Declining ecosystem trends have sometimes been mitigated by innovative local responses. The “threats” observed at an aggregated, global level may be both overestimated and underestimated from a sub-global perspective (SG.SDM). Assessments at an aggregated level often fail to take into account the adaptive capacity of sub-global actors. Through collaboration in social networks, actors can develop new institutions and reorganize to mitigate declining conditions. On the other hand, sub-global actors tend to neglect drivers that are beyond their reach of immediate influence when they craft responses. Hence, it is crucial for decision-makers to develop institutions at the global, regional, and national levels that strengthen the adaptive capacity of actors at the sub-national and local levels to develop context-specific responses that do address the full range of relevant drivers. The Biodiversity Management Committees in India are a good example of a national institution that enables local actors to respond to biodiversity loss. This means neither centralization nor decentralization but institutions at multiple levels that enhance the adaptive capacity and effectiveness of sub-national and local responses.

    Multiscale assessments offer insights and results that would otherwise be missed (SG.SDM). The variability among sub-global assessments in problem definition, objectives, scale criteria, and systems of explanation increased at finer scales of assessment (for example, social equity issues became more visible from coarser to finer scales of assessment). The role of biodiversity as a risk avoidance mechanism for local communities is frequently hidden until local assessments are conducted (as in the Indian local, Sinai, and Southern African livelihoods studies).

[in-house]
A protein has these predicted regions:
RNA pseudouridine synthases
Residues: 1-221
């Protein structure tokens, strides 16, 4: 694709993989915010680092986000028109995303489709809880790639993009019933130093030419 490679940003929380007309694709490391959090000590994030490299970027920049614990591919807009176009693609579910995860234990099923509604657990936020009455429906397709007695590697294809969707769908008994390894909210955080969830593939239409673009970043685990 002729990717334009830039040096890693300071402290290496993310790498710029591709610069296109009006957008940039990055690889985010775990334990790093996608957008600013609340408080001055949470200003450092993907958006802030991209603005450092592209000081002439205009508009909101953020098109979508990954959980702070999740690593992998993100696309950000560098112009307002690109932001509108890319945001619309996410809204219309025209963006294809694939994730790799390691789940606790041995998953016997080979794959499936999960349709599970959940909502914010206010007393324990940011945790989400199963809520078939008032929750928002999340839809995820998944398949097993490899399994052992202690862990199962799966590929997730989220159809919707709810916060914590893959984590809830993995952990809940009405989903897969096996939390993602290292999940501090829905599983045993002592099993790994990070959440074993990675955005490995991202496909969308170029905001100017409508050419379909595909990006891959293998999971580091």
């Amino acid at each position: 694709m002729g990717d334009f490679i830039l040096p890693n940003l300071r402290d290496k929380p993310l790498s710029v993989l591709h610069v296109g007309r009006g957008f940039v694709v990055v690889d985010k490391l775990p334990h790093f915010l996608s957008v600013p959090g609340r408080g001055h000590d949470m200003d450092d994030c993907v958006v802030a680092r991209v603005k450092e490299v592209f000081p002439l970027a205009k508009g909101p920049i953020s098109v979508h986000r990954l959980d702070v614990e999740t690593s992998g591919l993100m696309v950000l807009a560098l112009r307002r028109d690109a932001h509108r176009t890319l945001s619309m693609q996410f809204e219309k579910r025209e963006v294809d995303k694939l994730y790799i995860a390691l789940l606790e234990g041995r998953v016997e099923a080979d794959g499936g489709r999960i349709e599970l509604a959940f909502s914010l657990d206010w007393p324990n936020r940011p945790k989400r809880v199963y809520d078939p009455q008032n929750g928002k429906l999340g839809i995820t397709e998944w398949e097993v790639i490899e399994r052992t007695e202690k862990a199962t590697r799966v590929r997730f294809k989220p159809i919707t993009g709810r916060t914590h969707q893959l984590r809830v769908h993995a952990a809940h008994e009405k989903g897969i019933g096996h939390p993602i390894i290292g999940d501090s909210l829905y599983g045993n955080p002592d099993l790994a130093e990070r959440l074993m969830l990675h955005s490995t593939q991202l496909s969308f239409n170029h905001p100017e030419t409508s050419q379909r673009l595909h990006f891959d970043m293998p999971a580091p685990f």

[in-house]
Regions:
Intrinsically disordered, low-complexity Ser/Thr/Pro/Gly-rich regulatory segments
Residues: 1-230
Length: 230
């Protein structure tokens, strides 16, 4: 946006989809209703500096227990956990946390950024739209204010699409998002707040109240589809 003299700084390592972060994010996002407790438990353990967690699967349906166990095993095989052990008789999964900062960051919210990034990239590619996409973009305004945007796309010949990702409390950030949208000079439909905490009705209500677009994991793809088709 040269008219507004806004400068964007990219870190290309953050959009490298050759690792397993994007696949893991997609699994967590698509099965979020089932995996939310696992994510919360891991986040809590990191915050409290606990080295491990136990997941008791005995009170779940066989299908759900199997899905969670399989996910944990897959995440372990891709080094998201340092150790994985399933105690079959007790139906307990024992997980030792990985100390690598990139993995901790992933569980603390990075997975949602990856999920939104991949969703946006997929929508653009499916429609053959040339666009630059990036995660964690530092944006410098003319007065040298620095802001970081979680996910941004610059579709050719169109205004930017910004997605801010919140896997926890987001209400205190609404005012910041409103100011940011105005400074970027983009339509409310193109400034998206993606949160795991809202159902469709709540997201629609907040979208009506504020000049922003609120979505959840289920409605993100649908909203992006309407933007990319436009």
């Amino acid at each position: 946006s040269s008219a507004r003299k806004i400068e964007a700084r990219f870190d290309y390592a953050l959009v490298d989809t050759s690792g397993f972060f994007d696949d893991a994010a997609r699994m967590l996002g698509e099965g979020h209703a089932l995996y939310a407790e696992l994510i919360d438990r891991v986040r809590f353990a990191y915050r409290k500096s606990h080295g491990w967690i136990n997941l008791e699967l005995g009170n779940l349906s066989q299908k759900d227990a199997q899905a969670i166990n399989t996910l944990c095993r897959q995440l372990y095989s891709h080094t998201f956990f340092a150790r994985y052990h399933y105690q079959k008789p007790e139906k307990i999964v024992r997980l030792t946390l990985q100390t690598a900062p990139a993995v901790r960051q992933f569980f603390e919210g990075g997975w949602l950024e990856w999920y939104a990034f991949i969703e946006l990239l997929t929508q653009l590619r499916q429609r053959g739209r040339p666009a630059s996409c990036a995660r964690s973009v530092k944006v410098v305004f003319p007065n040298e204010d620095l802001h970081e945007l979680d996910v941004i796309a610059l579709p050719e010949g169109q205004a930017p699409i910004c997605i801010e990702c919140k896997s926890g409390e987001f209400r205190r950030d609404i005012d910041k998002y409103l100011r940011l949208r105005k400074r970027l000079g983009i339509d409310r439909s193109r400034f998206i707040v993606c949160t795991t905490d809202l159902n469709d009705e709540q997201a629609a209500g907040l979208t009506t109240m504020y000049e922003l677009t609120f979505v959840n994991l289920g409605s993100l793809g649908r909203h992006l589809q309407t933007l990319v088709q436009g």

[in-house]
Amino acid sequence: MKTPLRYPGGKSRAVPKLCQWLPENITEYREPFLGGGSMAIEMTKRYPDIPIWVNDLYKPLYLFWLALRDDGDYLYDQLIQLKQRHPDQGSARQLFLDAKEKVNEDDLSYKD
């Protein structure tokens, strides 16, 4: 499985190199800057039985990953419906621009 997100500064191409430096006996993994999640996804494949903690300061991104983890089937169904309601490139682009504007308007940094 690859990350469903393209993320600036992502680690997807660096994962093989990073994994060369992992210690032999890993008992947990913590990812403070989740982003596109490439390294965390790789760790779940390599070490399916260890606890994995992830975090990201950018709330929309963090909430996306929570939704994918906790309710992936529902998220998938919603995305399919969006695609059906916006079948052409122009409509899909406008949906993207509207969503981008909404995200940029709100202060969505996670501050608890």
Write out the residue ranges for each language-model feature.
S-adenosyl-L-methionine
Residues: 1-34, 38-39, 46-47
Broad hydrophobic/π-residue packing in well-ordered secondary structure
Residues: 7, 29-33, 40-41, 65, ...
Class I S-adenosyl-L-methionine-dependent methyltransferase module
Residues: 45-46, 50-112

Failure to acknowledge that stakeholders at different scales perceive different values in various ecosystem services can lead to unworkable and inequitable policies or programs at all scales (SGWG). Ecosystem services that are of considerable importance at global scales, such as carbon sequestration or waste regulation, are not necessarily seen to be of value locally. Similarly, services of local importance, such as the cultural benefits of ecosystems, the availability of manure for fuel and fertilizer, or the presence of non-timber forest products, are often not seen as important globally. Responses designed to achieve goals related to global or regional concerns are likely to fail unless they take into account the different values and concerns motivating local communities.